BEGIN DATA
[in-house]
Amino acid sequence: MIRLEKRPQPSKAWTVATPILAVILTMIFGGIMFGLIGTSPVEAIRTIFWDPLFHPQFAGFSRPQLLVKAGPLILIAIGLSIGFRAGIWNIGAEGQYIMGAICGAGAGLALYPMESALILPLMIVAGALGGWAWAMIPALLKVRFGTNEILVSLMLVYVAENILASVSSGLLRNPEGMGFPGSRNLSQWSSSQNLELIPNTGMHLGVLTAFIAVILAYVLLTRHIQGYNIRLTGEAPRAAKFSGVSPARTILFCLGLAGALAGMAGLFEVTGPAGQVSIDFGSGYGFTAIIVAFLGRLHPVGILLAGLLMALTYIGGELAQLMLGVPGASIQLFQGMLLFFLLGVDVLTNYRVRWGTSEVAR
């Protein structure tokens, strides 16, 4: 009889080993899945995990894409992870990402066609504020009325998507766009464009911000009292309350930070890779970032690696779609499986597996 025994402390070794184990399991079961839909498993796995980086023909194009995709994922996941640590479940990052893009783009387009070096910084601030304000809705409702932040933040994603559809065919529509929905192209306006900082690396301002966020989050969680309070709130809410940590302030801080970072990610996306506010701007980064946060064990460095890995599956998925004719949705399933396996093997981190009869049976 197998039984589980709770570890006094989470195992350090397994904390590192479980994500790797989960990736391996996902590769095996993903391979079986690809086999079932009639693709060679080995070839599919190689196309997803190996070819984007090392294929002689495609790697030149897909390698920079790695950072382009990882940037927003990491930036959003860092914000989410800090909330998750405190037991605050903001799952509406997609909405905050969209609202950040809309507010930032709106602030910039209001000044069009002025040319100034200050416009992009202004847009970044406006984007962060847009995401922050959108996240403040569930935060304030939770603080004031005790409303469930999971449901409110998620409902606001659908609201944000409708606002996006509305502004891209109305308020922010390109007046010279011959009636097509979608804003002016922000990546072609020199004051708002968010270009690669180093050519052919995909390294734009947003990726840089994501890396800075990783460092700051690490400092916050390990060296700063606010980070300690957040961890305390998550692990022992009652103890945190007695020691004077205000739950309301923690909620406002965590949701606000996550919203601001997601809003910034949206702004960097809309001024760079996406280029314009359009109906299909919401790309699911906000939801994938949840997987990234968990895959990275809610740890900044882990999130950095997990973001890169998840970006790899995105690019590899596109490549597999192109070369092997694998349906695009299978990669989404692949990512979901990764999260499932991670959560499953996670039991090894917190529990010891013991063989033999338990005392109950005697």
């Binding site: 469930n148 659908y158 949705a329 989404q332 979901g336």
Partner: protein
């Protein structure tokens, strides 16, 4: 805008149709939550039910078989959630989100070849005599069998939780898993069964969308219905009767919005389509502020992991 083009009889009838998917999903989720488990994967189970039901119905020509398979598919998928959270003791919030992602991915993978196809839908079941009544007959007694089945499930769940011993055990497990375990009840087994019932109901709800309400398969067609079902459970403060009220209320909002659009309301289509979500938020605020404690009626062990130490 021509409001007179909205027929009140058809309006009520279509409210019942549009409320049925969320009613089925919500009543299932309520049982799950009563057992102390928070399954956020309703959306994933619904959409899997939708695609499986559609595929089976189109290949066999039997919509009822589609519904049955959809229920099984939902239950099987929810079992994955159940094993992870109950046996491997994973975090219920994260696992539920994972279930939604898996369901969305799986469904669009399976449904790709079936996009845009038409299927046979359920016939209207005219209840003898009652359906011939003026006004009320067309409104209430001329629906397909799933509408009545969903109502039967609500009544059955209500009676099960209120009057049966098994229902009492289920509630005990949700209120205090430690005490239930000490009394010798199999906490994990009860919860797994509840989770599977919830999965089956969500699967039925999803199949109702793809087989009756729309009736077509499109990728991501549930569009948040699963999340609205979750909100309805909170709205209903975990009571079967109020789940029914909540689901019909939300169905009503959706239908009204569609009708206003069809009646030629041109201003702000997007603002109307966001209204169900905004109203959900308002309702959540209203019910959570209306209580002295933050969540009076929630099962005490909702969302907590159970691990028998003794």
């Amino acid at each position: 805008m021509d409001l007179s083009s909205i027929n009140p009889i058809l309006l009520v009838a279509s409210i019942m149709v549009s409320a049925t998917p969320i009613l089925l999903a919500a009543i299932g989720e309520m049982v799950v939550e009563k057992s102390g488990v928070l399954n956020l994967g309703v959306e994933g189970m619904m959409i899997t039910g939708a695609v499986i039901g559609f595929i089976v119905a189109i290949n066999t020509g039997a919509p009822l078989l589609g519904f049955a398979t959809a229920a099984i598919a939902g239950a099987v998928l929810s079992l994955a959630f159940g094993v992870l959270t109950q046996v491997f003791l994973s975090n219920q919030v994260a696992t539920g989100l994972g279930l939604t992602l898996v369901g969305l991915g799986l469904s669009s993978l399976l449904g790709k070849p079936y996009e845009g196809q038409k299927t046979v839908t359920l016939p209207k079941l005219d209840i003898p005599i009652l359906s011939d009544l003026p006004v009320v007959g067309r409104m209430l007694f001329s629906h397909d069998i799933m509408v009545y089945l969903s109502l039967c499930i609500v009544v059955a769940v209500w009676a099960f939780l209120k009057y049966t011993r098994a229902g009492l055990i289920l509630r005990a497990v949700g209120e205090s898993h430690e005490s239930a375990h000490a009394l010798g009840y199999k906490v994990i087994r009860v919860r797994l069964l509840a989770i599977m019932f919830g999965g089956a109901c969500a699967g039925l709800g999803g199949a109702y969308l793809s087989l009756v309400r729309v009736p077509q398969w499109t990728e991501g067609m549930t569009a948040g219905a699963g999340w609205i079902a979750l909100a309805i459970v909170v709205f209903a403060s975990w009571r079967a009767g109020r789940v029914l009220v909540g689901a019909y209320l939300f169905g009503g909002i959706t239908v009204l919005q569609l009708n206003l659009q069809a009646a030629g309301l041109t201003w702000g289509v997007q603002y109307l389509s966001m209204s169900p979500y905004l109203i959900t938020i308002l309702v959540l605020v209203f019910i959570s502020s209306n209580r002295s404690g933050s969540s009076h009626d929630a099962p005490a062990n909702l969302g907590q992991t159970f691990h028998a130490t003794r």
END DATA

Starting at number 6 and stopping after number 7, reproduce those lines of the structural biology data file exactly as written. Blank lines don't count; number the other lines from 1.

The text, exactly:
């Protein structure tokens, strides 16, 4: 805008149709939550039910078989959630989100070849005599069998939780898993069964969308219905009767919005389509502020992991 083009009889009838998917999903989720488990994967189970039901119905020509398979598919998928959270003791919030992602991915993978196809839908079941009544007959007694089945499930769940011993055990497990375990009840087994019932109901709800309400398969067609079902459970403060009220209320909002659009309301289509979500938020605020404690009626062990130490 021509409001007179909205027929009140058809309006009520279509409210019942549009409320049925969320009613089925919500009543299932309520049982799950009563057992102390928070399954956020309703959306994933619904959409899997939708695609499986559609595929089976189109290949066999039997919509009822589609519904049955959809229920099984939902239950099987929810079992994955159940094993992870109950046996491997994973975090219920994260696992539920994972279930939604898996369901969305799986469904669009399976449904790709079936996009845009038409299927046979359920016939209207005219209840003898009652359906011939003026006004009320067309409104209430001329629906397909799933509408009545969903109502039967609500009544059955209500009676099960209120009057049966098994229902009492289920509630005990949700209120205090430690005490239930000490009394010798199999906490994990009860919860797994509840989770599977919830999965089956969500699967039925999803199949109702793809087989009756729309009736077509499109990728991501549930569009948040699963999340609205979750909100309805909170709205209903975990009571079967109020789940029914909540689901019909939300169905009503959706239908009204569609009708206003069809009646030629041109201003702000997007603002109307966001209204169900905004109203959900308002309702959540209203019910959570209306209580002295933050969540009076929630099962005490909702969302907590159970691990028998003794």
């Amino acid at each position: 805008m021509d409001l007179s083009s909205i027929n009140p009889i058809l309006l009520v009838a279509s409210i019942m149709v549009s409320a049925t998917p969320i009613l089925l999903a919500a009543i299932g989720e309520m049982v799950v939550e009563k057992s102390g488990v928070l399954n956020l994967g309703v959306e994933g189970m619904m959409i899997t039910g939708a695609v499986i039901g559609f595929i089976v119905a189109i290949n066999t020509g039997a919509p009822l078989l589609g519904f049955a398979t959809a229920a099984i598919a939902g239950a099987v998928l929810s079992l994955a959630f159940g094993v992870l959270t109950q046996v491997f003791l994973s975090n219920q919030v994260a696992t539920g989100l994972g279930l939604t992602l898996v369901g969305l991915g799986l469904s669009s993978l399976l449904g790709k070849p079936y996009e845009g196809q038409k299927t046979v839908t359920l016939p209207k079941l005219d209840i003898p005599i009652l359906s011939d009544l003026p006004v009320v007959g067309r409104m209430l007694f001329s629906h397909d069998i799933m509408v009545y089945l969903s109502l039967c499930i609500v009544v059955a769940v209500w009676a099960f939780l209120k009057y049966t011993r098994a229902g009492l055990i289920l509630r005990a497990v949700g209120e205090s898993h430690e005490s239930a375990h000490a009394l010798g009840y199999k906490v994990i087994r009860v919860r797994l069964l509840a989770i599977m019932f919830g999965g089956a109901c969500a699967g039925l709800g999803g199949a109702y969308l793809s087989l009756v309400r729309v009736p077509q398969w499109t990728e991501g067609m549930t569009a948040g219905a699963g999340w609205i079902a979750l909100a309805i459970v909170v709205f209903a403060s975990w009571r079967a009767g109020r789940v029914l009220v909540g689901a019909y209320l939300f169905g009503g909002i959706t239908v009204l919005q569609l009708n206003l659009q069809a009646a030629g309301l041109t201003w702000g289509v997007q603002y109307l389509s966001m209204s169900p979500y905004l109203i959900t938020i308002l309702v959540l605020v209203f019910i959570s502020s209306n209580r002295s404690g933050s969540s009076h009626d929630a099962p005490a062990n909702l969302g907590q992991t159970f691990h028998a130490t003794r």